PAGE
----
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Diabetic ketoacidosis is a complication of new or existing pediatric diabetes and may be complicated by cerebral injury. Due to this risk, is treated differently than adult DKA. Health care providers must follow a published pediatric-specific protocol when treating pediatric DKA. Early communication with the diabetes specialist at your pediatric referral site is a key element of the management of these patients.

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Key studies English (16) French All (16)

Key Study: Effect of potassium infusion on serum levels in children during treatment of diabetic ketoacidosis

Visit

Musaitif R and Basnet S

Objectives: to determine the effect of 40 mEq/L and 60 mEq/L infusions on potassium levels in children during treatment of DKA.

Key Study: Improving Emergency Department Management of Diabetic Ketoacidosis in Children

Visit

Baumer-Mouradian SH, Gray MP, Wolfgram PM, Kopetsky M, Chang F, Brousseau DC,...

Objectives: To use point-of-care (POC) testing to reduce DKA determination time from 86 to 30 minutes and to reduce IV placements in patients without DKA from 85% to 20% over 18 months.

Key Study: Improving Pediatric Diabetic Ketoacidosis Management in Community Emergency Departments Using a Simulation-Based Collaborative Improvement Program

Visit

Abulebda K, Whitfill T, Montgomery EE, Kirby ML, Ahmed RA, Cooper DD, Nitu ME...

Objectives: The majority of pediatric patients with diabetic ketoacidosis (DKA) present to community emergency departments (CEDs) that are less prepared to care for acutely ill children owing to low pediatric volume and limited pediatric resources and guidelines. This has impacted the quality of care provided to pediatric patients in CEDs. We hypothesized that a simulation-based collaborative program would improve the quality of the care provided to simulated pediatric DKA patients presenting to CEDs.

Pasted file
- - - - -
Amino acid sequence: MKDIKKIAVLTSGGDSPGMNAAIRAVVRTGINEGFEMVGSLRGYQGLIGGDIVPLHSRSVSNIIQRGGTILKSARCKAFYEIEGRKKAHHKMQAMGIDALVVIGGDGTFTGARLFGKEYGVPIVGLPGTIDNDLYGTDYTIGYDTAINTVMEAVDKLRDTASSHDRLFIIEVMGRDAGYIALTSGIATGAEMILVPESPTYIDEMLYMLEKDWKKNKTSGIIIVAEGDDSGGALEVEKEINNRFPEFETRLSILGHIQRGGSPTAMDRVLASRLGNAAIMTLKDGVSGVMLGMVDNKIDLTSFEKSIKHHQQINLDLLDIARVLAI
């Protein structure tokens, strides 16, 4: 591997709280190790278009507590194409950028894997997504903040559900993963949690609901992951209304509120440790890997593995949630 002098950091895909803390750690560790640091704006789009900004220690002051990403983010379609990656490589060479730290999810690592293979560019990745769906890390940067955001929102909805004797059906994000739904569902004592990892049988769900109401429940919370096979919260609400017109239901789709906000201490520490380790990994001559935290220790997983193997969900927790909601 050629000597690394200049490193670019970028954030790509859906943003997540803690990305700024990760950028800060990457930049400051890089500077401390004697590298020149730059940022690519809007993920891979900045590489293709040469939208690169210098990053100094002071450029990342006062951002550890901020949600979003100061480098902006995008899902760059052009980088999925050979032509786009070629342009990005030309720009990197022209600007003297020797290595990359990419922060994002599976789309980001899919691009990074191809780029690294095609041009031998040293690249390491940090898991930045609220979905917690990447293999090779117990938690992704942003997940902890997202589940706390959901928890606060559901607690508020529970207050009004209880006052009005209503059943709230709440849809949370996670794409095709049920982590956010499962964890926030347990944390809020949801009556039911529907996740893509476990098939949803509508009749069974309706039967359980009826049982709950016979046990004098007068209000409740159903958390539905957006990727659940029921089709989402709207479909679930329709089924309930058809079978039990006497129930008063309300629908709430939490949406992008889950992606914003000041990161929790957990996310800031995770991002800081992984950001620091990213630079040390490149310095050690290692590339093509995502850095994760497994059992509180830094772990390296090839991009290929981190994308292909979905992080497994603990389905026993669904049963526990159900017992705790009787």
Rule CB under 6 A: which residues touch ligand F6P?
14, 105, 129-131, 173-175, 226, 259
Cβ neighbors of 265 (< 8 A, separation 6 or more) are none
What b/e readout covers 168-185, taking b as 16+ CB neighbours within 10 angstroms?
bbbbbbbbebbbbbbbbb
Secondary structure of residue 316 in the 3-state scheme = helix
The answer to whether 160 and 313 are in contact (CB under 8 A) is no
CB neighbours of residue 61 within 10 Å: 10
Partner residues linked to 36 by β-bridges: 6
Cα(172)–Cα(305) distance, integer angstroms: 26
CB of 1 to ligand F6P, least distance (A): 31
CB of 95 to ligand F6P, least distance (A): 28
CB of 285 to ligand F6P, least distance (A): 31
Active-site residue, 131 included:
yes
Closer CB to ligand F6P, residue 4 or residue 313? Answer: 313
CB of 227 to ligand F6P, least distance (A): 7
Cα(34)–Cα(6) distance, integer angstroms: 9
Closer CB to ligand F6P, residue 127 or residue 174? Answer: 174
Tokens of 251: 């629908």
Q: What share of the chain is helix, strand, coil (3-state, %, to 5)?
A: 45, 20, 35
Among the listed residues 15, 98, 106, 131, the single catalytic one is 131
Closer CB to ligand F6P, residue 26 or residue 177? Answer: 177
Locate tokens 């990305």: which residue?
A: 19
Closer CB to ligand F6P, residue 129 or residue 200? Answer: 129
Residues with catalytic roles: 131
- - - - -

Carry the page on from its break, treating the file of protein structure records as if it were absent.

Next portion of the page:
Key Study: Clinical Trial of Fluid Infusion Rates for Pediatric Diabetic Ketoacidosis

Visit

Kuppermann N, Ghetti S, Schunk JE, et al

Background: Diabetic ketoacidosis in children may cause brain injuries ranging from mild to severe. Whether intravenous fluids contribute to these injuries has been debated for decades. Methods: This 13-center, randomized, controlled trial examined the effects of the rate of administration and the sodium chloride content of intravenous fluids on neurologic outcomes in children with diabetic ketoacidosis.

Key Study: Adherence to a pediatric diabetic ketoacidosis protocol in children presenting to a tertiary care hospital

Visit

Ronsley R, Islam N, Ronsley C, Metzger DL, and Panagiotopoulos C

Objective: To review adherence to a provincial diabetic ketoacidosis (DKA) protocol and to assess factors associated with intravenous fluid administration and the length time on an insulin infusion.

Key Study: Resuscitation With Ringer's Lactate Compared With Normal Saline for Pediatric Diabetic Ketoacidosis

Visit

Bergmann KR, Abuzzahab MJ, Nowak J, Arms J, Cutler G, Christensen E, Finch M,...

Objective: The aims of this study were to describe the use of Ringer's lactate (LR) or normal saline (NS) for resuscitation among children with diabetic ketoacidosis (DKA) and compare the effect of fluid type on cost, length of stay, and rate of cerebral edema (CE).

Key Study: Controlled trial of Hartmann's solution versus 0.9% saline for diabetic ketoacidosis

Visit

Yung M, Letton G, and Keeley S

Objective: We aimed to determine whether using a balanced salt solution, Hartmann's solution (HS), in diabetic ketoacidosis (DKA) shortens the time to normalise acid-base status through the avoidance of hyperchloremic metabolic acidosis compared with 0.9% normal saline (NS).

Key Study: How can cerebral edema during treatment of diabetic ketoacidosis be avoided?

Visit

Watts W, and Edge JA

This article discusses how DKA might be prevented from occurring in the first instance, known risk factors for cerebral edema, fluid and insulin management, the importance of careful monitoring during DKA treatment, and the importance of recognizing and acting on the earliest symptoms to prevent long-term harm.

Key Study: Subclinical cerebral edema in children with diabetic ketoacidosis randomized to 2 different rehydration protocols

Visit

Glaser NS, Wootton-Gorges SL, Buonocore MH, Tancredi DJ, Marcin JP, Caltagiro...

Previous studies show that vasogenic cerebral edema (CE) occurs during diabetic ketoacidosis (DKA) treatment in children, but the role of intravenous fluids in contributing to CE is unclear. We used magnetic resonance diffusion weighted imaging to quantify subclinical CE in children with DKA randomized to 2 intravenous fluid regimens.

Key Study: Dehydration in children with diabetic ketoacidosis: A prospective study

Visit

Sottosanti M, Morrison GC, Singh RN, Sharma AP, Fraser DD, Alawi K, Seabrook ...

Objective: To investigate the association between the degree of patient dehydration on presentation with diabetic ketoacidosis (DKA) and clinical and laboratory parameters obtained on admission.